May 19, 2010

Rolling Stones Re-Release "Exile On Main Street"

Yesterday the Rolling Stones re issued their 1972 classic album; EXILE ON MAIN STREET. The album celebrating its 40th anniversary, (a bit early) has become known through the years as a masterpiece & one of the Stones finest works. This was never my personal favorite album among the Stones works, but indeed it is a classic. It is now available in a deluxe boxed set & deluxe i-tunes version which I down loaded.

The original songs, remastered sound absolutely great, much clearer & crisper than the original recordings. The new release comes with alternate versions of “All Down the Line” “Loving Cup” & “Soul Survivor” with Kieth singing the lead. There are eight new songs: PLUNDERED MY SOUL which also has two videos of footage from that era associated with it. PASS THE WINE (SOPHIA LOREN) / DANCING IN THE LIGHT / FOLLOWING THE RIVER / GOOD TIME WOMEN / I’M NOT SIGNIFYING / SO DIVINE (ALADDIN STORY) / & TITLE 5. They are all quality songs that didn’t make the original double albums cut.

The songs for EXILE were recorded form 1968-1971. The Stones had just gotten out of their LEGAL ties with Allen Klien & had to flea England because they owed more taxes than they could afford. Charlie Watts, Bill Wyman & Mick Taylor (the guitarist who replaced Brian Jones) settled in the South of France. Mick Jagger had just gotten married to Bianca, & moved to Paris. While Keith & Anita Pallenberg settled in a luxury villa called Nellcote near Nice. The album was recorded amongst chaos, with drugs, booze, freaky people, wild parties & horrible surroundings in Keith’s basement. The sound was sent to the Stones mobile truck recording studio & eventually finished off at Sunset Sound in L.A. During this period Keith was supporting a daily heroin habit & had a lot of shady people hanging around him. Keith & other Stones were always late or not showing up at all for sessions. Richards claims his classic HAPPY, was recorded one day when he was actually early & no one else was around except sax man Bobby Keys & producer Jimmy Miller. He played the riff & the song just developed on the spot. Mick got heavily involved in the final mixes in Los Angeles & helped complete the final product.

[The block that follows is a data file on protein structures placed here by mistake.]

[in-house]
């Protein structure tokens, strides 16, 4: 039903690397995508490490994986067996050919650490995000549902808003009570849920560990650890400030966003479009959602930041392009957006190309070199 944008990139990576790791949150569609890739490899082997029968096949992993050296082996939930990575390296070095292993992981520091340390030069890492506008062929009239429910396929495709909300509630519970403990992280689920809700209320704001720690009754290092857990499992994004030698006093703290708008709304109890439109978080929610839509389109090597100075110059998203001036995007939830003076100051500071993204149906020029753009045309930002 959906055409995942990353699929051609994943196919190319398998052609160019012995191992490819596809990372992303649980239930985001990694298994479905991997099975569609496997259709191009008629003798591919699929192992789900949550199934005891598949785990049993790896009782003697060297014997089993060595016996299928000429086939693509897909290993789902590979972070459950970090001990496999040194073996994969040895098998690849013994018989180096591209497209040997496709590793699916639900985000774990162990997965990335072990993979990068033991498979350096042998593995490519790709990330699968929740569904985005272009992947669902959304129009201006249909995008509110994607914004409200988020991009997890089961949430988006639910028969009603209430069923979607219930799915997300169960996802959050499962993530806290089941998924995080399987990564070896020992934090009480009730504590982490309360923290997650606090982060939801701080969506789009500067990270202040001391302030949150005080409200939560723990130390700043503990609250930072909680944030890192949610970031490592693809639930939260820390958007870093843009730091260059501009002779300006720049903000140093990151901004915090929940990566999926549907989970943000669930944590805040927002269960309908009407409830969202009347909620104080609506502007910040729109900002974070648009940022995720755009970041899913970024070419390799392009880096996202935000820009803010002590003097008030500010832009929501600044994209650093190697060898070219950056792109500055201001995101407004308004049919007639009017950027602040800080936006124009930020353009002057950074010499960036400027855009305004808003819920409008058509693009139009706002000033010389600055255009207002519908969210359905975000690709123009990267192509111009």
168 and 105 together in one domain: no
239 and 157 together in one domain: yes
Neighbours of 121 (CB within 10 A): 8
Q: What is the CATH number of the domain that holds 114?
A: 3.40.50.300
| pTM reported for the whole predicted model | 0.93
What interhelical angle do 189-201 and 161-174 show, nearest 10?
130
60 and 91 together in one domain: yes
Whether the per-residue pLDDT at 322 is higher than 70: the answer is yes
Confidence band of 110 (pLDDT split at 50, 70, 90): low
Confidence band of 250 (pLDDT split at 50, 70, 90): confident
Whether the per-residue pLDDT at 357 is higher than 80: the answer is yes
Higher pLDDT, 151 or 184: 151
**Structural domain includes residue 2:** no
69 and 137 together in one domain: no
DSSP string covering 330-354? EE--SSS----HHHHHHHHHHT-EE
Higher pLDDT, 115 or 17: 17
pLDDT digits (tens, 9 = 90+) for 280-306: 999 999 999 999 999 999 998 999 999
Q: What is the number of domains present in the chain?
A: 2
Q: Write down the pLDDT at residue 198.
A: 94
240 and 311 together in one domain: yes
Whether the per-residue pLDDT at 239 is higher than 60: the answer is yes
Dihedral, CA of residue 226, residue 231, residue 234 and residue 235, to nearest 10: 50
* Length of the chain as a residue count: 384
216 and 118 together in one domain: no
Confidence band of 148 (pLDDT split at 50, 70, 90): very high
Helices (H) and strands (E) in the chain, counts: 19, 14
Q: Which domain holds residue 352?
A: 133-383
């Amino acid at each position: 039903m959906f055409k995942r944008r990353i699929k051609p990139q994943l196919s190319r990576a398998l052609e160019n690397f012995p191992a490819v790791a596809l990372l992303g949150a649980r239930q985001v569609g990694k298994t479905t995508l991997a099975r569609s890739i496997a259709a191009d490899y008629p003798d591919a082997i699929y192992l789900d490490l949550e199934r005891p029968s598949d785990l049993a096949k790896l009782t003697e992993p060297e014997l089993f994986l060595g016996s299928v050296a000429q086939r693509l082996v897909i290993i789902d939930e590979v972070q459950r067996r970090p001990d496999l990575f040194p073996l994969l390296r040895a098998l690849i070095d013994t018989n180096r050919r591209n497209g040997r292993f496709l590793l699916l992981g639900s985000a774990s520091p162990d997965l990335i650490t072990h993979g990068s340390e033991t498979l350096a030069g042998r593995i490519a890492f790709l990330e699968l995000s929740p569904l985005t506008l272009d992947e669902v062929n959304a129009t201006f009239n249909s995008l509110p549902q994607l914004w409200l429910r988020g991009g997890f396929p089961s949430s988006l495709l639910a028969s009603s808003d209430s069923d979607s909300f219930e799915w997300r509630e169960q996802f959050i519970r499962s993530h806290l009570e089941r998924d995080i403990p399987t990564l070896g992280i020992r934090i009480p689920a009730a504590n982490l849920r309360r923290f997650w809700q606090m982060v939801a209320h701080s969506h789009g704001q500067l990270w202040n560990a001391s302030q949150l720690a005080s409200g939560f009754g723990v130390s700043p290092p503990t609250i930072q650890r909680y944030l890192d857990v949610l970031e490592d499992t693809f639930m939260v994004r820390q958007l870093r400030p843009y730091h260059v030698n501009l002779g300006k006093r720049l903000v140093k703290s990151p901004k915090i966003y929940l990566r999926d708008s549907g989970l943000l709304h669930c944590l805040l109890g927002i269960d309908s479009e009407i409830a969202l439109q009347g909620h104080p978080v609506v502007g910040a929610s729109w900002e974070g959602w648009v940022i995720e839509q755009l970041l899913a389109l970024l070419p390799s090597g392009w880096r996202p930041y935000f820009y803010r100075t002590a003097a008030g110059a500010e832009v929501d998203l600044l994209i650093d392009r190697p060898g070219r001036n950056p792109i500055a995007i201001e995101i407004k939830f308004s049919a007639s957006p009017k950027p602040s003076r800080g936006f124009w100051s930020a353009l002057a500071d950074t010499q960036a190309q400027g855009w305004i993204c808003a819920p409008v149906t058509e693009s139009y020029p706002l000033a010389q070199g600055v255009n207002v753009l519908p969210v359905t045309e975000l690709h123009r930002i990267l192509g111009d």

The album was released as a double LP, on May 12th 1972 in the United States. It received great reviews & went straight to the top of the album charts. ROCKS OFF, ALL DOWN THE LINE, HAPPY, &TUMBLING DICE all became FM Rock radio classics. RIP THIS JOINT still holds up as one of the greatest hard rocking songs ever. The cover featured a series of black & white photographs by Robert Frank and included a gatefold collage of pictures as well as 12 post cards.

The album featured Keith Richards on guitars, bass, piano & backing vocals. Mick Jagger on vocals, harmonica, tambourine, guitar & maracas. Charlie Watts on drums, Bill Wyman on bass, & Mick Taylor on guitars, bass & backing vocals.
Guests include Ian Stewart on piano, Bobby Keys on sax & percussion, Billy Preston on piano & organ, Nicky Hopkins on piano, Venetta Fields on backing vocals ( who has worked with Pink Floyd, Steely Dan, Joe Walsh & the Doors post Jim Morrison just to name a few) Shirley Goodman also on backing vocals (later of Shame Shame Shame, fame) & other various artists.

The release was followed by the legendary Stones 1972 Tour that was wild, rowdy & highly publicized. It put rock & roll on the map with the “in crowd”. The Stones were now celebrities on the fore front of the rock movement. The was heavy drug use, addictions, lots of booze & lots of sex. Jagger was carrying a gun because Hells Angels had a price tag on his head after the whole Altamont aftermath, which still loomed over the Stones legally. Bianca & Anita were always fighting causing tension between Mick & Kieth.
The wild tour had riots, heavy police activity, wide media attention, movie stars, rock stars, groupies & lots of stragglers rolling with it along the way. Overall it was huge success setting the standards for large concerts of its day & the future. The tour ended with three wild nights at Madison Square Garden in New York.

An unreleased film titled “Co#*Su%#er Blues” was made from footage of the tour. Some of that video is being used for a movie to be releaded this June called "The Stones In Exile".

1 comment:

Johannes Bols said...

Yours is the best 'civilian' account of 1972. The only point I would quibble on is that the tour was about the music primarily, the music secondarily... there couldn't have been that much partying. Mick didn't make it through 32 odd cities and 50 odd concerts by staying up all night. He's a disciplined professional. Sure, he was injected with a mix of vitamins, methedrine and cocaine before he went onstage, but that didn't sully his natural energy. I don't think Keith was blotto either. They both witnessed Brian's sad decline; do you think they were going to embark on their most important tour? Mais non! Jamais de la vie!